6. Properly dispose of household hazardous waste.
Do not pour old gasoline onto the street or wash paint brushes at the end of your driveway. Where do these pollutants end up? In our lakes and rivers. Properly dispose of households hazardous wastes. Whether gasoline, paint, pesticides, antifreeze, motor oil or the like, dispose of them at your rubbish bins to be taken out. Their effect on our water can be devastating.
“We are killing the lakes and rivers in our neighborhood. Each of us, with our seemingly harmless everyday yard work, has a small part in it, but together the effects are becoming very significant.”
Our neighborhood lakes and wetlands form an interconnected ecosystem that, because of the cumulative effects of such things as grass clippings, leaves and fertilizer, is in danger. As organic materials (grass, leaves, etc.) reach the water, they decay, releasing phosphorous into the system. Additional phosphorous from fertilizers and pesticides also enter via storm water runoff. This excess phosphorous fuels an explosive growth of algae which forms a green scum on top of the water. This layer blocks sunlight. With no light, there is no photosynthesis and underwater plants can’t grow. Then, as all of this algae dies and decays, it uses up oxygen. With depleted oxygen, fish and other underwater creatures can’t exist.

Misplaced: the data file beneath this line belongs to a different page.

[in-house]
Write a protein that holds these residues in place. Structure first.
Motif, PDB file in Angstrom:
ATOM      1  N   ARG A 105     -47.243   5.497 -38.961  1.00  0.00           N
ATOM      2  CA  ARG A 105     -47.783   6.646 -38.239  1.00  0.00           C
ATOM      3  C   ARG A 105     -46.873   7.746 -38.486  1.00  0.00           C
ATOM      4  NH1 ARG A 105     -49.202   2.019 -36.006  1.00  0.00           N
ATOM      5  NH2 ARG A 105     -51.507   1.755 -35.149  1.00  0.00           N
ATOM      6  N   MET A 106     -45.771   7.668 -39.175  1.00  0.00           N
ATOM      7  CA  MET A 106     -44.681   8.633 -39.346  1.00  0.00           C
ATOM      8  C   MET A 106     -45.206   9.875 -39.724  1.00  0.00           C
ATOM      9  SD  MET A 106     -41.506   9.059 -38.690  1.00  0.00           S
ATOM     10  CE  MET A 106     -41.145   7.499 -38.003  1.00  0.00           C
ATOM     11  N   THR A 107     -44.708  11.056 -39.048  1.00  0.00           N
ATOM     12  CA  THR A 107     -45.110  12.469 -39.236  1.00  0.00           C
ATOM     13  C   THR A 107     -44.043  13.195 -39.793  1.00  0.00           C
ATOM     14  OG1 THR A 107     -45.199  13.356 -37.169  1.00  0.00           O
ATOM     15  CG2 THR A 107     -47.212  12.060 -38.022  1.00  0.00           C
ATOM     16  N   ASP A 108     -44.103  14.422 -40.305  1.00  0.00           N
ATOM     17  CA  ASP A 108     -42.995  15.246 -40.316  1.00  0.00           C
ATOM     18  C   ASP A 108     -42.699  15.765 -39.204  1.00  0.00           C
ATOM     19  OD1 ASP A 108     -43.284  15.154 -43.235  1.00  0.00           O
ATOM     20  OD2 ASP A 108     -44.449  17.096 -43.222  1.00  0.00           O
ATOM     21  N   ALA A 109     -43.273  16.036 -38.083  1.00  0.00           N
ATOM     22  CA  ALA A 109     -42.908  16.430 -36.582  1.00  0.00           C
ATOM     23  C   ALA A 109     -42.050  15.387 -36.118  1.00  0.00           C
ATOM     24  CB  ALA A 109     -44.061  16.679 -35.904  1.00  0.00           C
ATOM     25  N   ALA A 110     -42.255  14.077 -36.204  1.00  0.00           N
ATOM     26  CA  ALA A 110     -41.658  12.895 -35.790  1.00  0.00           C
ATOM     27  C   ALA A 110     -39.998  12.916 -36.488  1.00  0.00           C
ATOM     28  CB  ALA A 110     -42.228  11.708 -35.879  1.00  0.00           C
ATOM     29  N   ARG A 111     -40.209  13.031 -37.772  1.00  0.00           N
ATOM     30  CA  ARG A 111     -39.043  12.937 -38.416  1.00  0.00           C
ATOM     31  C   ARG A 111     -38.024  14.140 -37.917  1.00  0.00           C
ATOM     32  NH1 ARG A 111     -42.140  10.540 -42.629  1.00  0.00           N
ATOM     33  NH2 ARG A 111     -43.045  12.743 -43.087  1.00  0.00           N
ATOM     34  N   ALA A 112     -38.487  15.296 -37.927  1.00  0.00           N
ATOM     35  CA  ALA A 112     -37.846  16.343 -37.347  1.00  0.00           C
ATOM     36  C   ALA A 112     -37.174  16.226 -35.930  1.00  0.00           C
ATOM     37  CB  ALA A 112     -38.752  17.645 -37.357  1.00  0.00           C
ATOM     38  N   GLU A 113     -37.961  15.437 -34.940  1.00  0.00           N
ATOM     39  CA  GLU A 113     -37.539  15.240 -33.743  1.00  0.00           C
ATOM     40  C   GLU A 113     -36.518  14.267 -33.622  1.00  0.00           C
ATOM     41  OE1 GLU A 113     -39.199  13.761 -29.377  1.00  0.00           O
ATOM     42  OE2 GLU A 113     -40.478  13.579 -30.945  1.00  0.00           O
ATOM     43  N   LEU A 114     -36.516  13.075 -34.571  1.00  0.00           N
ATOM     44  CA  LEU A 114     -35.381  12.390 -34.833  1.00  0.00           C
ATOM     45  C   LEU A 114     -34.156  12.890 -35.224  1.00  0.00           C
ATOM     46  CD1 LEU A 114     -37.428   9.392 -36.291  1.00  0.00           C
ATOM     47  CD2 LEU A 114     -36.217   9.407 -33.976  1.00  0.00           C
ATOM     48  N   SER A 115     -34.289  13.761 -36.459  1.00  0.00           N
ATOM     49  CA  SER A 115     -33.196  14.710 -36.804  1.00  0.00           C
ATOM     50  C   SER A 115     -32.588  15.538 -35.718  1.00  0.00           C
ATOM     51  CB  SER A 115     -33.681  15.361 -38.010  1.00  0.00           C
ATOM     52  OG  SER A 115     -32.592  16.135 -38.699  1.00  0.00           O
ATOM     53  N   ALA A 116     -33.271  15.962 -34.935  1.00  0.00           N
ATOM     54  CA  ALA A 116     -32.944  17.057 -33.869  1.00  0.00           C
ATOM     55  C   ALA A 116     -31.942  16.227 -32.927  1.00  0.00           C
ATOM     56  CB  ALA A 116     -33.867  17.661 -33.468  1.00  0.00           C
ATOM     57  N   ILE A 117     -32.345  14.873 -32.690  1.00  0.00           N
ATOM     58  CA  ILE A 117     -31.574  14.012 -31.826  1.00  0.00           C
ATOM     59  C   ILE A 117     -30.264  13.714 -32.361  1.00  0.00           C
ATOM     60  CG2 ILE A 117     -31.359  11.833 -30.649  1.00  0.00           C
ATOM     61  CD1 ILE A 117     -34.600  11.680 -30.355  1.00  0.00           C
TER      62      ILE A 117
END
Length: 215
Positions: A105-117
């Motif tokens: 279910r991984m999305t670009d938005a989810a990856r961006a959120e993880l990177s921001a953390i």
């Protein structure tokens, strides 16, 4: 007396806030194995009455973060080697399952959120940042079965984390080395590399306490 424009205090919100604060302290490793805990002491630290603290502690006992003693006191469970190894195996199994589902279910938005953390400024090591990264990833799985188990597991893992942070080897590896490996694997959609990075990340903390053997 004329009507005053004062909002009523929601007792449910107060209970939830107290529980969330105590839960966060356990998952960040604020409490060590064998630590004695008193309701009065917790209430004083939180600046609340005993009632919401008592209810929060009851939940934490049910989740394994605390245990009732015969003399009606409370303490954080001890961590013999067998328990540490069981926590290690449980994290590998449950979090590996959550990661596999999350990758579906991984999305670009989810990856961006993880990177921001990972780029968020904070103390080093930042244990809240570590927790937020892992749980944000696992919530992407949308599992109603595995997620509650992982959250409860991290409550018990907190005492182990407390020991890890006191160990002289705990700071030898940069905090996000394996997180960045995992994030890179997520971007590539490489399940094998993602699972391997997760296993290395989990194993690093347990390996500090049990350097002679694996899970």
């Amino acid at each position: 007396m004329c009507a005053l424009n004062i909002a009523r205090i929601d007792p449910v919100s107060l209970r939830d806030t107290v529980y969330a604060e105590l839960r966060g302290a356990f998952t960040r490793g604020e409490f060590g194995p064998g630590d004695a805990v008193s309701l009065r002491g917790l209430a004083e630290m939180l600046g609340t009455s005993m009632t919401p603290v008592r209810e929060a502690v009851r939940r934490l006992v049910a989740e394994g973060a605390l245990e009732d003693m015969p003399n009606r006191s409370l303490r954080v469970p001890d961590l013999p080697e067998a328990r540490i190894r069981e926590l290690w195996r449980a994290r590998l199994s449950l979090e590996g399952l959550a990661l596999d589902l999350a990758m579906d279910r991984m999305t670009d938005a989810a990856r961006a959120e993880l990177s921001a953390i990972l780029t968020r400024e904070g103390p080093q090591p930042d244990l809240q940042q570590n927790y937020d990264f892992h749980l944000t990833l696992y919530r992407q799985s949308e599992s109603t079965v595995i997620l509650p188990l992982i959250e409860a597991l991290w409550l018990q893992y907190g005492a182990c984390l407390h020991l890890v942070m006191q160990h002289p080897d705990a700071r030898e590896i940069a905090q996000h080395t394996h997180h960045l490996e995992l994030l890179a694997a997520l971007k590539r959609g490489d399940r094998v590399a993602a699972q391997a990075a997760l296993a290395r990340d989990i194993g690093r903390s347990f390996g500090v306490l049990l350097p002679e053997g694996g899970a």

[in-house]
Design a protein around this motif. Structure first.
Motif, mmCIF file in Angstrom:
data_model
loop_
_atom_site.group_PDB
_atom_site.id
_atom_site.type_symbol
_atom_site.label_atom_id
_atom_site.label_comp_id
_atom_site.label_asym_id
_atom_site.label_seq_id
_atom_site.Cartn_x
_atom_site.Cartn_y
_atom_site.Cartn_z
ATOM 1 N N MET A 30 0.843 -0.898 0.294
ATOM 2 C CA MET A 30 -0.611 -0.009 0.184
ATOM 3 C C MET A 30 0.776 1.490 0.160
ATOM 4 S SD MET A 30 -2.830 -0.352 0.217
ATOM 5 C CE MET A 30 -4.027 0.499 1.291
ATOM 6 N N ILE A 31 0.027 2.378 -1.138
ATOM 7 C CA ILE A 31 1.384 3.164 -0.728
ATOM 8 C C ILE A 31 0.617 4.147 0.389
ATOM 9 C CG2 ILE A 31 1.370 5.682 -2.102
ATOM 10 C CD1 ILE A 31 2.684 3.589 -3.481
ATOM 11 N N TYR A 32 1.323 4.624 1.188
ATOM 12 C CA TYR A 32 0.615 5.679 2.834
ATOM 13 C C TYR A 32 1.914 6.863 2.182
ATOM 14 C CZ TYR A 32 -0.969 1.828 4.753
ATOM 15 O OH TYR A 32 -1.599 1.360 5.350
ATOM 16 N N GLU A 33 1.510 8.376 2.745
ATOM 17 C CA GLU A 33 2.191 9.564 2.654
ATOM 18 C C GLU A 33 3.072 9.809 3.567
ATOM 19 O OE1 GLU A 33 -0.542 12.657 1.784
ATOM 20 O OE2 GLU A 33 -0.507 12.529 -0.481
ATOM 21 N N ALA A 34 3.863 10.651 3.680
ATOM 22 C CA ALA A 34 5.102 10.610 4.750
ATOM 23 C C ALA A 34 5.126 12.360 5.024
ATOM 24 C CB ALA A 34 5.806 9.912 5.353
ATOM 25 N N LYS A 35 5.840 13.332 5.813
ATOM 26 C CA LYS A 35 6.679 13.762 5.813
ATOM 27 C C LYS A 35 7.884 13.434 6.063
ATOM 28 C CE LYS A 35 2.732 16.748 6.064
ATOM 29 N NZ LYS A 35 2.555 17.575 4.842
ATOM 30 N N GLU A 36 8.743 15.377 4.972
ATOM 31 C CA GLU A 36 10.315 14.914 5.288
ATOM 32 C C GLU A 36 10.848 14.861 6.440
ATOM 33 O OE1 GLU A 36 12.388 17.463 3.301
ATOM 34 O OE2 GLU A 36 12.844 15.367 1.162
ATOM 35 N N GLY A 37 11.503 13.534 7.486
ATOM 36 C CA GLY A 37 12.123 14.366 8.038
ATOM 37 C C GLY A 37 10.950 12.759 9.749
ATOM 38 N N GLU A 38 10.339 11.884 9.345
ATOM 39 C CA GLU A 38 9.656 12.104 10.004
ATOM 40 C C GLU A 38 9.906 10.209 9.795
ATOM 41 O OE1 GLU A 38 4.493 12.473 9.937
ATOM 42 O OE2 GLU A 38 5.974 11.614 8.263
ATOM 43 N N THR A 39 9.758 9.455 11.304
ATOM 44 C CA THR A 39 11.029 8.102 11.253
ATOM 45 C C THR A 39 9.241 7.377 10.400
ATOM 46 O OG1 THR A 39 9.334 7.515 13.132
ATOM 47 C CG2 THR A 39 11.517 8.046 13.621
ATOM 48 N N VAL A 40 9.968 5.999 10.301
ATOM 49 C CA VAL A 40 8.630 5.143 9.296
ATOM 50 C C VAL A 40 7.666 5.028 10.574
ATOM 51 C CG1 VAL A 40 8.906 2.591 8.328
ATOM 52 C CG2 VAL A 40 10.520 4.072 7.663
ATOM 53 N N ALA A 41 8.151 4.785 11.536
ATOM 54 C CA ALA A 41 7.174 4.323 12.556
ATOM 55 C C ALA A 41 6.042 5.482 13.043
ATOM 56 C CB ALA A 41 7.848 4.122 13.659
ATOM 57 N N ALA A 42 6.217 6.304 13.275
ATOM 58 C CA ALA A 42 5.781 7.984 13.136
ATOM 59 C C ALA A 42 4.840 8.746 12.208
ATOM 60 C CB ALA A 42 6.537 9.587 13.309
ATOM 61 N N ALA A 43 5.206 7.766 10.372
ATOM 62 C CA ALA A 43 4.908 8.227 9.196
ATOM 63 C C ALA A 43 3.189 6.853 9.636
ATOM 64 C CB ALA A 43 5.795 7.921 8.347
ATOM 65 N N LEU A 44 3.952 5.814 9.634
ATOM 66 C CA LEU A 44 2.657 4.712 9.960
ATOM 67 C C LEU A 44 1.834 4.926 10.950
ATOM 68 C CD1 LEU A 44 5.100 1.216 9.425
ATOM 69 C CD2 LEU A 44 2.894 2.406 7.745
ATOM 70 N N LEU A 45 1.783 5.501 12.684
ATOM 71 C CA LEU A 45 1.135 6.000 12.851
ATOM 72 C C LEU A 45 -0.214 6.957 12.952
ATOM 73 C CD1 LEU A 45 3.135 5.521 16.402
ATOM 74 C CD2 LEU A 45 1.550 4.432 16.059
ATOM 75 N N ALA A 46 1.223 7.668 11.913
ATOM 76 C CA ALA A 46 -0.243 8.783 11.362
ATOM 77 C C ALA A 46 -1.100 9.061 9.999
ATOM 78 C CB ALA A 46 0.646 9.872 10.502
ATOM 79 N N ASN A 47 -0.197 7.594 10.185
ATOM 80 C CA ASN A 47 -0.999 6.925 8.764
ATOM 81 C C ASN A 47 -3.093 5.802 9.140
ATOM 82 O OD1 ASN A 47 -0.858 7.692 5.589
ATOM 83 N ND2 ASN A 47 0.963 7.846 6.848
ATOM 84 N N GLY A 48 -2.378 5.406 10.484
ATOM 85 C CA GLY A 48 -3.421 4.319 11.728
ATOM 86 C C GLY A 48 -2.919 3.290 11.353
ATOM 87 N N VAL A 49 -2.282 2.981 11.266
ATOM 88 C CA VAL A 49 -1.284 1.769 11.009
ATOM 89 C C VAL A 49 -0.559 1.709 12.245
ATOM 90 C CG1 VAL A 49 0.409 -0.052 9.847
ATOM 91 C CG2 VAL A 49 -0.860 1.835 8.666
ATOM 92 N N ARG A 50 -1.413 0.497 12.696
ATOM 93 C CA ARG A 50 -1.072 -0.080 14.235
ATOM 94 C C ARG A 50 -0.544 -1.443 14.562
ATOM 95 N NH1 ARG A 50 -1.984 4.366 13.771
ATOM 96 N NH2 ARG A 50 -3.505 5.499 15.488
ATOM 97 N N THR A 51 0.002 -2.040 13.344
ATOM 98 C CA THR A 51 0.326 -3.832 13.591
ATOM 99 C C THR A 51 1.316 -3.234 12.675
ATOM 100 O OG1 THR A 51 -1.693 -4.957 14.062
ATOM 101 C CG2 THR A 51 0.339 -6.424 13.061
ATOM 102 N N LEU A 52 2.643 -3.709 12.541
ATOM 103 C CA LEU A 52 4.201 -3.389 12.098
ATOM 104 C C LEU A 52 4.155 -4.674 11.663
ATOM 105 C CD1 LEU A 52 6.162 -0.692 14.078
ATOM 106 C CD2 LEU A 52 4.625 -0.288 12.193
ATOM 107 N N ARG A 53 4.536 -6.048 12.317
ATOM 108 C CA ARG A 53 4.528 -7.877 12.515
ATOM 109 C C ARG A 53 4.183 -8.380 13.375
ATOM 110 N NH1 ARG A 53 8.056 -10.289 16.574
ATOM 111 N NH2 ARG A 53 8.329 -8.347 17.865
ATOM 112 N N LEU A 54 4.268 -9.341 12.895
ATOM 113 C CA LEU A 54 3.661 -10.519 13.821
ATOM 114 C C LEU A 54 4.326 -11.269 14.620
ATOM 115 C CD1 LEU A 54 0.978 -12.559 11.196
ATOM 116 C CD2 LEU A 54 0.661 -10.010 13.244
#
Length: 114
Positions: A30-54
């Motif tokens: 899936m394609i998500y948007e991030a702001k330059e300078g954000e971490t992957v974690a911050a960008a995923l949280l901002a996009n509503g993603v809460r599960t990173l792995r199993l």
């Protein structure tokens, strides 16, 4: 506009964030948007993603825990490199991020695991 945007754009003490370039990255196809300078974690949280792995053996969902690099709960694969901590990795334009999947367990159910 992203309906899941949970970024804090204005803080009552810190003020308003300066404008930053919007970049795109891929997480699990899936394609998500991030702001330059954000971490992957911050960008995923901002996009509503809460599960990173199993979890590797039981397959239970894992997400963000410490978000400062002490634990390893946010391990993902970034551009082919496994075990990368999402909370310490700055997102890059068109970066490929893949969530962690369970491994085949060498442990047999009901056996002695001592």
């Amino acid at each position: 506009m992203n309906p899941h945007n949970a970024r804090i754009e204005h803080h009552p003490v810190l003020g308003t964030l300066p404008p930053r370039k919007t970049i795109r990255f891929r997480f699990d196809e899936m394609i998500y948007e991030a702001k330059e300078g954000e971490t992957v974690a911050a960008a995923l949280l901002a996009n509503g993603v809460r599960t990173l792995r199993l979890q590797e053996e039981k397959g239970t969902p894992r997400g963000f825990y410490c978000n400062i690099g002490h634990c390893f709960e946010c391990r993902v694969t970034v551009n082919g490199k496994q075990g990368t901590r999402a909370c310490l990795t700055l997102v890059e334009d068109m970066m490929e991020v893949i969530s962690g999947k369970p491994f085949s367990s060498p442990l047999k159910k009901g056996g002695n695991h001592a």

The chain of events that links your yard work to the death of our local lake.
You are connected to a lake
Your rooftop is connected to your gutter
Your gutter is connected to your downspout
Your downspout is connected to your sidewalk
Your sidewalk is connected to your driveway
Your driveway is connected to your street
Your street is connected to your storm drain
Your storm drain is connected to your grassland
Your grassland is connected to your lake.
Sunday, 27 December 2009
They are reddish ants and live high above in treetop nests they build and belong to the ant genus Oecophylla (subfamily Formicinae). A giant weaver ants nest may look like it is damaging the leaves and branches of a tree. But weaver ants actually protect the tree and are like miniature bodyguards for the tree. They have “sweet tooth” and have a strong chemical in their bodies called formic acid, which they used to protect their nests. Actually they are harmless ants if you dont disturb their habitat.
Just be careful when you are taking a stroll under the many trees in the Botanical Garden.
Some movies are legendary, in the arena of Westerns dramatic widescreen, for example The Good (Clint Eastwood), The Bad( Lee Van Cleef), The Ugly ( Eli Wallace).
In Bandar Botanic, we too have The Good, The Bad, The Ugly!
Saturday, 26 December 2009
1) Maintenance troubles which have plagued residents such as sunken curb that didn’t meet its standards, detention pond that steadily gathered contaminated water. All these are things that a Resident Association has to accept its responsibility to the few people that elects them. Residents blamed the developer for the problems, and it is the residents who form an association to handle such maintenance matters and it is the resident who must support their Residents Association all the way which they have elected. That is the purpose of a Resident’s Association. Should there be any deviation of purpose or agenda of the elected Resident’s Association, then the people must voiced their concern direct to the RA and correct its fault. In this way, a Resident Association would be strong and steady. Forming another association or several other associations would not help much.